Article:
Thursday, 01 April 2021 11:55

Ear sensors keeping cow health under tabs

Written by  Mark Daniel

The chance of an extra set of eyes on a dairy farm is not to be sniffed at, so a recent on-farm show and tell day in the Waikato created a great deal of interest.

About 40 people turned up, not to see the latest employee but to hear about Bill and Kay Aubrey’s experience of using CowManager, a monitoring system that offers the ability to look at the fertility, health and nutrition of the herd 24/7.

The system, driven by patented ear sensor technology, measures three stages of activity, which is combined with data collected from measuring rumination, eating and animal temperature, which in turn uses clever algorithms to pinpoint areas of concern.

Claimed to be the most accurate system in the marketplace, CowManager developed and holds patents around collecting ear temperatures, using a clever dual temperature device that can detect swings of up to 7 degrees.

In practice, the ear sensor relays collected data to a series of routers placed around the farm, that in turn, wirelessly forward this information to the farm office, smart devices or to storage at a cloud- based domain. An overview sees four distinct areas of operation-fertility, health, nutrition and the recently introduced Find my Cow function.

Heat Alerts allows users to see the ideal window for artificial insemination, by indicating the state of the heat cycle, alongside an indication of the last heat event, while also proving to be very clever at detecting “silent heats”. Compatible with most automated drafting systems, animals can be seamlessly moved to a holding area post-milking, or in the case of the Aubrey’s, quickly identified and moved manually.

The system is said to be 98% accurate for heat detection, but can also monitor heat status after calving, identify irregular heat cycles, while also delivering 100% accuracy for in-calf diagnosis. In the Aubrey’s case, using the system saw empty rates reduced from 15% to 6%, with an added benefit of being able to “ignore” animals for culling, but also ensure the peak timing for cows to be inseminated with sexed semen.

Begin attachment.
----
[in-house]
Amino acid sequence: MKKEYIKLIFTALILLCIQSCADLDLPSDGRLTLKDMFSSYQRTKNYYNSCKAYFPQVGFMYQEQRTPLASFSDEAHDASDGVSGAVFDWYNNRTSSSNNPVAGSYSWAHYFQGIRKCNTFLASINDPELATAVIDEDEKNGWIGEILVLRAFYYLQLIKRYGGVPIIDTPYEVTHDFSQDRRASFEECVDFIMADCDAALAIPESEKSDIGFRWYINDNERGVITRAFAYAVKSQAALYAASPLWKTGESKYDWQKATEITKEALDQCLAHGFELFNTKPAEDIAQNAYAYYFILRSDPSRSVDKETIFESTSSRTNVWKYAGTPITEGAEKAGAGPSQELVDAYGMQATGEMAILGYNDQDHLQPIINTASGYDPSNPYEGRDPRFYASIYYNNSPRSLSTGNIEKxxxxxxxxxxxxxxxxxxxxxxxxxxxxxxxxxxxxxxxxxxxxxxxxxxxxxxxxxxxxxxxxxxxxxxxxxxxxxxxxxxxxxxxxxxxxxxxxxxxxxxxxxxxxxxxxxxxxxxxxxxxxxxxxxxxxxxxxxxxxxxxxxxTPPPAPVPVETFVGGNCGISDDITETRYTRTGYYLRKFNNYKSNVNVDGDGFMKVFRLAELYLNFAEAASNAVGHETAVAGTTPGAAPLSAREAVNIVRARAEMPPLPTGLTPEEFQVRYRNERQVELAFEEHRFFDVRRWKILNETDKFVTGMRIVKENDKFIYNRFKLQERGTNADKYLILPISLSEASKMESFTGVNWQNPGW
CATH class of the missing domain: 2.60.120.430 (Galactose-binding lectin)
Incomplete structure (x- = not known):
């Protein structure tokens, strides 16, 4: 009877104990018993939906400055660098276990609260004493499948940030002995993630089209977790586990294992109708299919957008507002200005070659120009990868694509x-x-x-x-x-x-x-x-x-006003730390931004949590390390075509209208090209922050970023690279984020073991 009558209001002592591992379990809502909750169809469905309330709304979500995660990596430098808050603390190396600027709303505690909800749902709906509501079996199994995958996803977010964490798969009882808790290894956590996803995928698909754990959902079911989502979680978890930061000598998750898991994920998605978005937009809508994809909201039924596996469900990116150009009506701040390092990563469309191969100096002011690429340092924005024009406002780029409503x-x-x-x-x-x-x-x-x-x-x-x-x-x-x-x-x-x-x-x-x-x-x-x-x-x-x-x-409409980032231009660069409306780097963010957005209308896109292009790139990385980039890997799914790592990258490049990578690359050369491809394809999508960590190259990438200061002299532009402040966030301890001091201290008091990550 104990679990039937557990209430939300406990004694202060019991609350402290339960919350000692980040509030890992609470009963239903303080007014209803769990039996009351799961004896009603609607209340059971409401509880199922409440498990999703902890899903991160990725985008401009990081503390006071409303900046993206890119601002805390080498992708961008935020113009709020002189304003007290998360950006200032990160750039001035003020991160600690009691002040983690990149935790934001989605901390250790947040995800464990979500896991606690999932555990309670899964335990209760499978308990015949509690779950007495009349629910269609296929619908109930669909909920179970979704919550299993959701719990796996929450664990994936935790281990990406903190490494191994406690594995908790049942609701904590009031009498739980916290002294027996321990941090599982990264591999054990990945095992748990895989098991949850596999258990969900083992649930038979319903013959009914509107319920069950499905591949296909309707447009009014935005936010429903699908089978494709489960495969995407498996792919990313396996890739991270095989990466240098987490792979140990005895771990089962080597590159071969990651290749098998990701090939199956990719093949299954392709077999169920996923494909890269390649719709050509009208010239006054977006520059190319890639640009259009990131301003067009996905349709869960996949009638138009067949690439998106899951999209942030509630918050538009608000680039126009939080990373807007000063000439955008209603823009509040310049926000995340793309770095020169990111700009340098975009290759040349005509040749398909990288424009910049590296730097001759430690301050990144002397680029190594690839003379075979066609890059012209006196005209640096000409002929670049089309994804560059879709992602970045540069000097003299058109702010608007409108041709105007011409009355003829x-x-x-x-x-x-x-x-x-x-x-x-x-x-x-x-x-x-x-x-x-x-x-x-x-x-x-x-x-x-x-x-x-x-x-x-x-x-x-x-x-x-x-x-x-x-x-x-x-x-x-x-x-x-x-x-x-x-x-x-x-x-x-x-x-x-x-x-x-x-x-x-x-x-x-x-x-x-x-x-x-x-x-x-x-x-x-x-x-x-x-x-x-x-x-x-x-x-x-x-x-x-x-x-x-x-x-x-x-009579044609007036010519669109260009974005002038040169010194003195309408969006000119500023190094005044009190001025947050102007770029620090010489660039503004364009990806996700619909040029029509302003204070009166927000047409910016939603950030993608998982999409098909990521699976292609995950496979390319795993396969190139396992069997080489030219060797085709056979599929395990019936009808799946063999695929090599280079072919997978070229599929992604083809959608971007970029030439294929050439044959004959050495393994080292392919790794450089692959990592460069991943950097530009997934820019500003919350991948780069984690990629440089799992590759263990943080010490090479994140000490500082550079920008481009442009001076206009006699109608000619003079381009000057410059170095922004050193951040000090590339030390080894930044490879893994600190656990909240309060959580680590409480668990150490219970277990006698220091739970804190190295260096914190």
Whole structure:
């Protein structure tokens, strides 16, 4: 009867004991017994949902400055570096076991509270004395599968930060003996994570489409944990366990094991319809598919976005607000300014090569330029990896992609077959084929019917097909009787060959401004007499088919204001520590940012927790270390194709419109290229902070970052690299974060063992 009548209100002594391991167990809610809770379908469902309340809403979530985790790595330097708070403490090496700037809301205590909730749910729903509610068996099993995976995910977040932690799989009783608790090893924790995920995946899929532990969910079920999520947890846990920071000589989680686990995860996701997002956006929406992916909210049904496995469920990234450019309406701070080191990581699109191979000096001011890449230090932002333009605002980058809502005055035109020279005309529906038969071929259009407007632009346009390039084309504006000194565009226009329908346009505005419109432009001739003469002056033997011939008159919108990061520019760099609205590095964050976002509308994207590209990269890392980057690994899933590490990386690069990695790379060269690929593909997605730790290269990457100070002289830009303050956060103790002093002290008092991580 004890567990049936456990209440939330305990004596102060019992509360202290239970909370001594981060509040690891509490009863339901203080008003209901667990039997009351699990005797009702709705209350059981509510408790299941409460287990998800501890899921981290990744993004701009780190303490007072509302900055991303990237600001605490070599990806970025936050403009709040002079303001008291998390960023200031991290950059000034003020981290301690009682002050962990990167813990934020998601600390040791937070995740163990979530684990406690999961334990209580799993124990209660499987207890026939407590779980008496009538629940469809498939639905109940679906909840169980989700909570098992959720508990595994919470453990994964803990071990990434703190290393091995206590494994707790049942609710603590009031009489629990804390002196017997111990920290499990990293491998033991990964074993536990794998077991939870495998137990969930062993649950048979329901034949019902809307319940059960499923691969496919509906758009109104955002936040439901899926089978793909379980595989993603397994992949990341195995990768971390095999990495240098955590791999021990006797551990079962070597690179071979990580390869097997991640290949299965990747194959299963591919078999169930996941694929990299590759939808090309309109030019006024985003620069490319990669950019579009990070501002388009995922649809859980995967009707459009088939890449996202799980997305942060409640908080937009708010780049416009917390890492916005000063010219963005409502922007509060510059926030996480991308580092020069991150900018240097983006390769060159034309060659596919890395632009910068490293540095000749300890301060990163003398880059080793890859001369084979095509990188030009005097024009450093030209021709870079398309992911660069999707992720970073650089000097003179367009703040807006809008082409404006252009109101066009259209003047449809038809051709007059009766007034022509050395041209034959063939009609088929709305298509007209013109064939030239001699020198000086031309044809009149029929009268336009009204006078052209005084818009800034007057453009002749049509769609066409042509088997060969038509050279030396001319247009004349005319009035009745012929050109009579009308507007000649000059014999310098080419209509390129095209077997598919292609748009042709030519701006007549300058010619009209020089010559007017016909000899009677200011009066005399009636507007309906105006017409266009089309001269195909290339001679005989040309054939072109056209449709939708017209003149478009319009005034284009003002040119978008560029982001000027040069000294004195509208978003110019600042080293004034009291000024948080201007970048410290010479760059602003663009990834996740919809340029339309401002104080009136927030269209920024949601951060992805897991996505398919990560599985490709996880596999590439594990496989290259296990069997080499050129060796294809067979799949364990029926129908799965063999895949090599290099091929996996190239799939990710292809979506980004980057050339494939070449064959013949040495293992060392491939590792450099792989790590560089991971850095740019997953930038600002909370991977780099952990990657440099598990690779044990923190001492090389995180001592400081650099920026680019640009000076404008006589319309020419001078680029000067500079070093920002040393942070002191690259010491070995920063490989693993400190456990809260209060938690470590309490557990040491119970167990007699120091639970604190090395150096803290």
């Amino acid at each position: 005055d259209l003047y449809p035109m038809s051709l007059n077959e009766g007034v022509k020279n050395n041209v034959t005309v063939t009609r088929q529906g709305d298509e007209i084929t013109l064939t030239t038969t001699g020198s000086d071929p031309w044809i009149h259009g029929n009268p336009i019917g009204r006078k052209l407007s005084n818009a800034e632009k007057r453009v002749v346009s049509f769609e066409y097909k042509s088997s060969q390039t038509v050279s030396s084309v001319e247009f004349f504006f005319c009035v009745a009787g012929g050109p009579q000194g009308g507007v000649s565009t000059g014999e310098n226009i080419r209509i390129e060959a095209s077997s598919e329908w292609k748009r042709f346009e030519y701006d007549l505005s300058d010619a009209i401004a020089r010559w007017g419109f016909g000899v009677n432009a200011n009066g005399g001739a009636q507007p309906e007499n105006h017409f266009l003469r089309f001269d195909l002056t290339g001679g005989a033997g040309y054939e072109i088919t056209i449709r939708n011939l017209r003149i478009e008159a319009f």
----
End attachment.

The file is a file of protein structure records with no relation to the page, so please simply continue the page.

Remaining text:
On the health front, the system offers a traffic light approach to monitoring animals, with a yellow display meaning “keep an eye on this animal”- orange meaning the animal is sick and needs some intervention and a red alert showing the animal is very unwell. Typically, these alerts give early, often sub-clinical indications of conditions such as milk fever, laminitis and mastitis. During the monitoring process, individuals are compared against the herd average, while also sending alerts if there are extended periods of non-movement.

Interestingly, the Aubrey’s and farm manager Matt Kerr talked of the alerts indicating that something “wasn’t quite right” with several animals. Cows presented with heads thrown back, then apparent blindness, with affected animals typically dead within 24 hours.

The system identified suspicious activity compared to the rest of the herd, with an indication of both a temperature and rumination drop, that upon veterinary investigations indicated sulphate poisoning.

Indeed, speaking with the Aubrey’s post-event, Kay said, “without a doubt, the biggest standout for us is bang up to date information on our animals’ health status, both individually and as a herd. In the case of the sulphate poisoning, a sub-clinical alert allowed us to take early action and cows being saved with a $10 dose of Be Calm.”

On the nutritional front, the system was configured to suit all types of New Zealand dairy operations, proving to be particularly useful during the cow’s dry period, offering insights into eating and rumination, particularly in the risky weeks prior to calving. Using ear temperature measurement combined with behaviour could also warn of potential heat stress, while optimisation of feed and good management could prevent losses and lead to a generally healthier herd.

National

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